The elevation of environment in Lawrence
George Marinapolous, English 171, Sages and Satirists, Brown University, 2002
Does it pass away, or does it only lose its pristine quality? It deepens and intensifies, like experience. The days seem to be darker and richer, there is a sense of power in the strong air. On the banks by the lake the orchids are out, many, many pale bee-orchids standing clear from the short grass over the lake. And in the hollows are the grape hyacinths, purple as noon, with the heavy, sensual fragrance of noon. They are many-breasted, and full of milk, and ripe, and sun-darkened, like many-breasted Diana. (page 83)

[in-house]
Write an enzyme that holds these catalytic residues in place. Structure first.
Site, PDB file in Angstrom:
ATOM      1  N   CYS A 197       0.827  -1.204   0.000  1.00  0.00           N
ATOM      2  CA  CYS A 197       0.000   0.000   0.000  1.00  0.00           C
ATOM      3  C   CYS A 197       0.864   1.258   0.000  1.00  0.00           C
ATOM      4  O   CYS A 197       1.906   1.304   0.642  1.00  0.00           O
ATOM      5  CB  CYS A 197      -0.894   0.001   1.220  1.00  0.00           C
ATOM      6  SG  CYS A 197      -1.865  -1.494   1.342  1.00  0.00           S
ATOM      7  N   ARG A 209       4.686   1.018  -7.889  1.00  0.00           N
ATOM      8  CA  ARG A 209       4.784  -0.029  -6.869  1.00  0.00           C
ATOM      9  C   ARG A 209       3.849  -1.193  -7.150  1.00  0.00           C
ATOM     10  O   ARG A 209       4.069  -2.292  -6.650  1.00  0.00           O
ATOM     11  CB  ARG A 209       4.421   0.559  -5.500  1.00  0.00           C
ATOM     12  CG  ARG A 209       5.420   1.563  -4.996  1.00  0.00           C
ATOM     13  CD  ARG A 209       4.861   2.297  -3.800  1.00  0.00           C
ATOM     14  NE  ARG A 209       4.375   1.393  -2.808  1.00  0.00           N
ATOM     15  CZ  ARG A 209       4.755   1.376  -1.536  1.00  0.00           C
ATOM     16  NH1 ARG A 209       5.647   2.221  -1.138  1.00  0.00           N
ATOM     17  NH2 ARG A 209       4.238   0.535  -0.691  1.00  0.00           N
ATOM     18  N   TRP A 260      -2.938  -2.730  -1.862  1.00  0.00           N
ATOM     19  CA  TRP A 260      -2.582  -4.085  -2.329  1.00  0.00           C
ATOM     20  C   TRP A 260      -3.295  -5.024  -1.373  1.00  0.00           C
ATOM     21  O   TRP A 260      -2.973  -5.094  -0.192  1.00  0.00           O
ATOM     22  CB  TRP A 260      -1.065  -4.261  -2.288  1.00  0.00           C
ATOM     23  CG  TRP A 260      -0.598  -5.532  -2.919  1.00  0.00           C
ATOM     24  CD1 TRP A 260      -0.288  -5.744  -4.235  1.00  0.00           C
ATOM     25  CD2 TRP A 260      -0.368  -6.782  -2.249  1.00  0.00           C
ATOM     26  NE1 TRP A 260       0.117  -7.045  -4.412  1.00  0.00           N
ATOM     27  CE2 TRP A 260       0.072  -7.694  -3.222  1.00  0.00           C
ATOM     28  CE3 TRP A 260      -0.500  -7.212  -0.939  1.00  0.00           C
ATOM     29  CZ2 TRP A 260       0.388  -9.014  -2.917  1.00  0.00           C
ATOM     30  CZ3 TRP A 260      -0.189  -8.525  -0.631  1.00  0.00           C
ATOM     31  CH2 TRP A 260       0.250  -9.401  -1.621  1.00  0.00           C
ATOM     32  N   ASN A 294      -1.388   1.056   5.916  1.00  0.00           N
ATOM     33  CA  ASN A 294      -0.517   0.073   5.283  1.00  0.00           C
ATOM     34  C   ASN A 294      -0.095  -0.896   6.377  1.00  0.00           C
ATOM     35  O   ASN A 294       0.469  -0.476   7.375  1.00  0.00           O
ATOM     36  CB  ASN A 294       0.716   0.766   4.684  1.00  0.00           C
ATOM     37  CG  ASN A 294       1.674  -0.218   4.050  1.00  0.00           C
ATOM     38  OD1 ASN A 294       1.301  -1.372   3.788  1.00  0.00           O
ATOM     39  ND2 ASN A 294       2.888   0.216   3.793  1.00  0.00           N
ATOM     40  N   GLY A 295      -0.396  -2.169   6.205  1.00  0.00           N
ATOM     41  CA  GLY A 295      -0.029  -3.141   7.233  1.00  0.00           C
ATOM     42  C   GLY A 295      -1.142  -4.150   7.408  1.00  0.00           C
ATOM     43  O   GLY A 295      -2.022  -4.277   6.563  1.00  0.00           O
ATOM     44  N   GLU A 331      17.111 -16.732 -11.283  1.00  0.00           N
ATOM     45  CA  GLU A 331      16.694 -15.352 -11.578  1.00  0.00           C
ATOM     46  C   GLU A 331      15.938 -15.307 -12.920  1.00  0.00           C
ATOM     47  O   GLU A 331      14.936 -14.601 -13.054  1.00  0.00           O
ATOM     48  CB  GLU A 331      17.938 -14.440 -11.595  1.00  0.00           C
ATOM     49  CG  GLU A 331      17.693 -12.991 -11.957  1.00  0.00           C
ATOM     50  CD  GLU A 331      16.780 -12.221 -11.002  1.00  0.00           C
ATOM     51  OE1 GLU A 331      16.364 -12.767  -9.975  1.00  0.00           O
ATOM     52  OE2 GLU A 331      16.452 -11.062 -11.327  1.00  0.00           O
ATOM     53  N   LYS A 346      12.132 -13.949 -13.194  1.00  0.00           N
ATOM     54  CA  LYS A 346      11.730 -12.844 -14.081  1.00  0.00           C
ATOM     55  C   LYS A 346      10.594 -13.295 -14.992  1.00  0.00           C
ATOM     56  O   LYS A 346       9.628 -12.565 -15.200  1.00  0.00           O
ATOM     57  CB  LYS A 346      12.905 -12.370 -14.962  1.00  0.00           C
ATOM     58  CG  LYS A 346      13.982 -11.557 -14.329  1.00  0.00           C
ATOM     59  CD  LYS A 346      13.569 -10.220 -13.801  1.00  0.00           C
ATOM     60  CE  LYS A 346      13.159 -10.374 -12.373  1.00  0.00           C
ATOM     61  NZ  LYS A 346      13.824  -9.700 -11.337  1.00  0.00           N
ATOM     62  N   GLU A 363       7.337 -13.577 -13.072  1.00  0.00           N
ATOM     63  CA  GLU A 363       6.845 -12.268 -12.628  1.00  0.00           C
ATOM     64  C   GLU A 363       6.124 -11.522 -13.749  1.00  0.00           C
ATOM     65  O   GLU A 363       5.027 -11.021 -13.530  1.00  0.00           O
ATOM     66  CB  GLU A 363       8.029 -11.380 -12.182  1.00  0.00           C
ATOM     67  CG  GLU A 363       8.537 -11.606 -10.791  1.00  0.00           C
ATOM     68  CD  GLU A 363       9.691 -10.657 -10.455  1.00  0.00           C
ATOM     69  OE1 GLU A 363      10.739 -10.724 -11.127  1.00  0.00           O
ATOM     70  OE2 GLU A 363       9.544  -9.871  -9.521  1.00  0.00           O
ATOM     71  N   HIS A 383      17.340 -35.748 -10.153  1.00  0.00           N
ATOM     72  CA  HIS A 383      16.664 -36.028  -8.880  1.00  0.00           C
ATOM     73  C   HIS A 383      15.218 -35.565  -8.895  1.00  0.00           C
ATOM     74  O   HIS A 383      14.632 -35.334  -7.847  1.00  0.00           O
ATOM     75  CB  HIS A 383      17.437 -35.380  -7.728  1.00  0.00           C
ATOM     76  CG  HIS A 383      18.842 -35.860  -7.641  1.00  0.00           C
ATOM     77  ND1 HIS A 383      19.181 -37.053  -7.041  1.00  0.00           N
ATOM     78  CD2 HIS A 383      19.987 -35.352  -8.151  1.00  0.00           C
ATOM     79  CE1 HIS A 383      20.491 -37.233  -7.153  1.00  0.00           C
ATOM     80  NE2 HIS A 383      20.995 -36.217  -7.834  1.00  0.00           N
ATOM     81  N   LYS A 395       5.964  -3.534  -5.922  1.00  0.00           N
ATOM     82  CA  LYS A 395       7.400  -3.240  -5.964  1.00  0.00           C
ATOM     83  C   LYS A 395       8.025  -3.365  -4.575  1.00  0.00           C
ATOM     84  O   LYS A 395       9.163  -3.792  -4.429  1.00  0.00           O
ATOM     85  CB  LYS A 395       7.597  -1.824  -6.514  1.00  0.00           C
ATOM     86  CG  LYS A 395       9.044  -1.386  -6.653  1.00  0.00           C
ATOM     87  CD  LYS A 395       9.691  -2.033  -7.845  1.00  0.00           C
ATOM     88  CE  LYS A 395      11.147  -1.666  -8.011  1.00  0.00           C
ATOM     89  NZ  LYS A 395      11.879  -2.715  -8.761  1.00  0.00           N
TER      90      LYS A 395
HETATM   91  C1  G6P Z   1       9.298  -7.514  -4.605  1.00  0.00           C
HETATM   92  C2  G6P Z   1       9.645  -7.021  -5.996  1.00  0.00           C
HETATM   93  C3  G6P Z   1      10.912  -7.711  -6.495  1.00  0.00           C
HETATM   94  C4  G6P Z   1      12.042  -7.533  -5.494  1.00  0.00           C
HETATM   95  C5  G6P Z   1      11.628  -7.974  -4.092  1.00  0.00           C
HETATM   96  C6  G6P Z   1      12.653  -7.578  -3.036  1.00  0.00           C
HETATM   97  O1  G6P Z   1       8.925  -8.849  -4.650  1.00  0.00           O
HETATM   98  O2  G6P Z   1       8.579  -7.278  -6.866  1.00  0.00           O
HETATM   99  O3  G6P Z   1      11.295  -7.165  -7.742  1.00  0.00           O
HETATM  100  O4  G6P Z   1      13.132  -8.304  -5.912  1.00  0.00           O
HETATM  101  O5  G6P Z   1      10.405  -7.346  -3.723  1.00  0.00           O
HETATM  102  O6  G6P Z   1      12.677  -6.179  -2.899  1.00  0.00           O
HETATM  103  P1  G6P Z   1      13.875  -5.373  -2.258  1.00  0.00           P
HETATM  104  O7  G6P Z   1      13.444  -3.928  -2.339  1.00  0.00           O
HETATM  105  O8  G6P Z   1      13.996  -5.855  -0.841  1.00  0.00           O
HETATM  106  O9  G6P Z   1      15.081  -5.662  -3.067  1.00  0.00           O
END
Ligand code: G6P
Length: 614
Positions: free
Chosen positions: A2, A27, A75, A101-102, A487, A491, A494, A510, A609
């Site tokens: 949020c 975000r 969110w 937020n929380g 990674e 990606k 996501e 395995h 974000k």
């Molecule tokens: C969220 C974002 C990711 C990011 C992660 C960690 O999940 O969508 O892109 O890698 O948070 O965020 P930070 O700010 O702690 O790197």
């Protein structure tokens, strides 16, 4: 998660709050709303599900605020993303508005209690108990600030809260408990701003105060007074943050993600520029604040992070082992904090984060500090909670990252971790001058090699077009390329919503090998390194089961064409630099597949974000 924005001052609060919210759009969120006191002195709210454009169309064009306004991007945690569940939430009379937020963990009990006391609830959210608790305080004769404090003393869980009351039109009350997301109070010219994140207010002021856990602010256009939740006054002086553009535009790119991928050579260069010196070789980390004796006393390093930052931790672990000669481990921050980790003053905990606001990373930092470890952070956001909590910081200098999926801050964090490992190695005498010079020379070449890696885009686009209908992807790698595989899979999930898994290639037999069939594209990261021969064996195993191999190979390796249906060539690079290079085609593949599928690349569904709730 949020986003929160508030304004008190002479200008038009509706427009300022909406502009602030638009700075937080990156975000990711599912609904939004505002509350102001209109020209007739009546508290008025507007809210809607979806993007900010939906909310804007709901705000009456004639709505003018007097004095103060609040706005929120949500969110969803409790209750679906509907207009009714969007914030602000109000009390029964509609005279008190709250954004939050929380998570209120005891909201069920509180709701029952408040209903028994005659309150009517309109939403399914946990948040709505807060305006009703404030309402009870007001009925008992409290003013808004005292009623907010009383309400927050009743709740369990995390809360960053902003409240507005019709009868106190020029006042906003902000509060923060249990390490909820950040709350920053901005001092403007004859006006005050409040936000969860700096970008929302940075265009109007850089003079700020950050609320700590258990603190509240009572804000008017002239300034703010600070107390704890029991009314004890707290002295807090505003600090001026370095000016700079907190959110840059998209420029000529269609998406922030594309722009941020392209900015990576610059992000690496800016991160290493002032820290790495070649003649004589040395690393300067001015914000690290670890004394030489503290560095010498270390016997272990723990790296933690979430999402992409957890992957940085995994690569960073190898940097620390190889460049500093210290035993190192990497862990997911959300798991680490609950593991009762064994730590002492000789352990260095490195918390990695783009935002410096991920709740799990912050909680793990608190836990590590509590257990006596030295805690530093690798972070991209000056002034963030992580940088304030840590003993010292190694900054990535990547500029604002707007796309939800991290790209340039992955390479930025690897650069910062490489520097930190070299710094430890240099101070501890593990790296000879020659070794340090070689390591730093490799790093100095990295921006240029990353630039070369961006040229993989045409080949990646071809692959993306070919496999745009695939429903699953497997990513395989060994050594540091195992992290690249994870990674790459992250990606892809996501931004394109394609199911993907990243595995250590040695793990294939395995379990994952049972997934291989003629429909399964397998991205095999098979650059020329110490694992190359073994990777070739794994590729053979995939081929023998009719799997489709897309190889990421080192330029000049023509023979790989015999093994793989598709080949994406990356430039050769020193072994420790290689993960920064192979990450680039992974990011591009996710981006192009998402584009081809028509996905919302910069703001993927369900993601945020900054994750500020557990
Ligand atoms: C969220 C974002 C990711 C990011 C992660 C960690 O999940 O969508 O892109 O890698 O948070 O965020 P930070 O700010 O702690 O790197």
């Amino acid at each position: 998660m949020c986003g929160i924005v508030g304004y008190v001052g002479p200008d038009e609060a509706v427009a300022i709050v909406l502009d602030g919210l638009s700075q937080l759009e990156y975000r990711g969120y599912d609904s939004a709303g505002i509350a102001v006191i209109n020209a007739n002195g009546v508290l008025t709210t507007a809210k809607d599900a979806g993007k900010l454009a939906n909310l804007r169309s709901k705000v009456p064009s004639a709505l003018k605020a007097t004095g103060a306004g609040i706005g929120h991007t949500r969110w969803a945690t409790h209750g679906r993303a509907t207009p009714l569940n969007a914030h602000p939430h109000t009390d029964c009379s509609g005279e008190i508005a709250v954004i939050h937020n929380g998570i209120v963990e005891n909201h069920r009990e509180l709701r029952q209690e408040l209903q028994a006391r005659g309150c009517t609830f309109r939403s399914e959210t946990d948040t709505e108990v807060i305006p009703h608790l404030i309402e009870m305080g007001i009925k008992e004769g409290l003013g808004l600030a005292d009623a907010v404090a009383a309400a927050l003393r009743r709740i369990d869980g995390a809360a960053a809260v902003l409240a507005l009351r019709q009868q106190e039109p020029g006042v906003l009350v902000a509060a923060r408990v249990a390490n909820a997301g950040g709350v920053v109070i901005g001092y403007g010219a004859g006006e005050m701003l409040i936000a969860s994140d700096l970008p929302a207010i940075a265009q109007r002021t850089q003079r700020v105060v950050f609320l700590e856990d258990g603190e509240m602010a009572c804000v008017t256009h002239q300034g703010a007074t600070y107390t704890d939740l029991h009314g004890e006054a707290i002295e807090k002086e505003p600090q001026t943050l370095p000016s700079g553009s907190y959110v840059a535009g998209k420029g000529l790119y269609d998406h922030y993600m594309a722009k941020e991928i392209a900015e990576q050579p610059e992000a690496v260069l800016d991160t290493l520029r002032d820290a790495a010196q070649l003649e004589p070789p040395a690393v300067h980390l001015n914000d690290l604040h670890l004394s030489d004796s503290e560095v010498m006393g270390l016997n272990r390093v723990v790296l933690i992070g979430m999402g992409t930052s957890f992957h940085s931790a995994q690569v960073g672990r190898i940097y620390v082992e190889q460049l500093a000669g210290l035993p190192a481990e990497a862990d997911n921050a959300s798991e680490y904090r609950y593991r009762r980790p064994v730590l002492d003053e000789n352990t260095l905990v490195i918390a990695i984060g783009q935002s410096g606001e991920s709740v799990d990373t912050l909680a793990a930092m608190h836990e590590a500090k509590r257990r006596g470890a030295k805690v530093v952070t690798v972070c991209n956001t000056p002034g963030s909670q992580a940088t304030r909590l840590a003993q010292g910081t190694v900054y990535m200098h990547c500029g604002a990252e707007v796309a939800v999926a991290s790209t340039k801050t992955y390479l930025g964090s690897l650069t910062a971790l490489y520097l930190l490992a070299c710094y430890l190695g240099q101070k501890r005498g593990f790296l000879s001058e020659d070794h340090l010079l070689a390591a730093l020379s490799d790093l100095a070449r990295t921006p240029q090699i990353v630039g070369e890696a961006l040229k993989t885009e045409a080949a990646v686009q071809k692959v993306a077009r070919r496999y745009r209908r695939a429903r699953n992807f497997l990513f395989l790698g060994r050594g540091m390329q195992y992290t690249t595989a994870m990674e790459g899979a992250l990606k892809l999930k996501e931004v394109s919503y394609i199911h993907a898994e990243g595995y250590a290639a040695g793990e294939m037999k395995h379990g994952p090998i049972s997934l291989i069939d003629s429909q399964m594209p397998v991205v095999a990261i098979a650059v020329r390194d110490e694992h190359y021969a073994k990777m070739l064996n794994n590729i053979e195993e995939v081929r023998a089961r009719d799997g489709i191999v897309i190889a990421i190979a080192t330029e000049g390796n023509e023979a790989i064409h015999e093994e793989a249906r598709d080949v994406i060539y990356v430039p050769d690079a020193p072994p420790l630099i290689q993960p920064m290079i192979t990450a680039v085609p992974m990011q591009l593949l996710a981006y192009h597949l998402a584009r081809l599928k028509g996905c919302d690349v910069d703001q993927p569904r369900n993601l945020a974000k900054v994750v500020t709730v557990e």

1. Does the anthropomorphism used to describe nature go beyond the realm of description and into the realm of the transcendental?
2. By using sensual language to describe the process that nature undergoes during springtime is Lawrence effectively conveying a sense of the environment he is in?
3. Why do you think that Lawrence has chosen to focus on such an elevated view of his travels while ignoring certain details?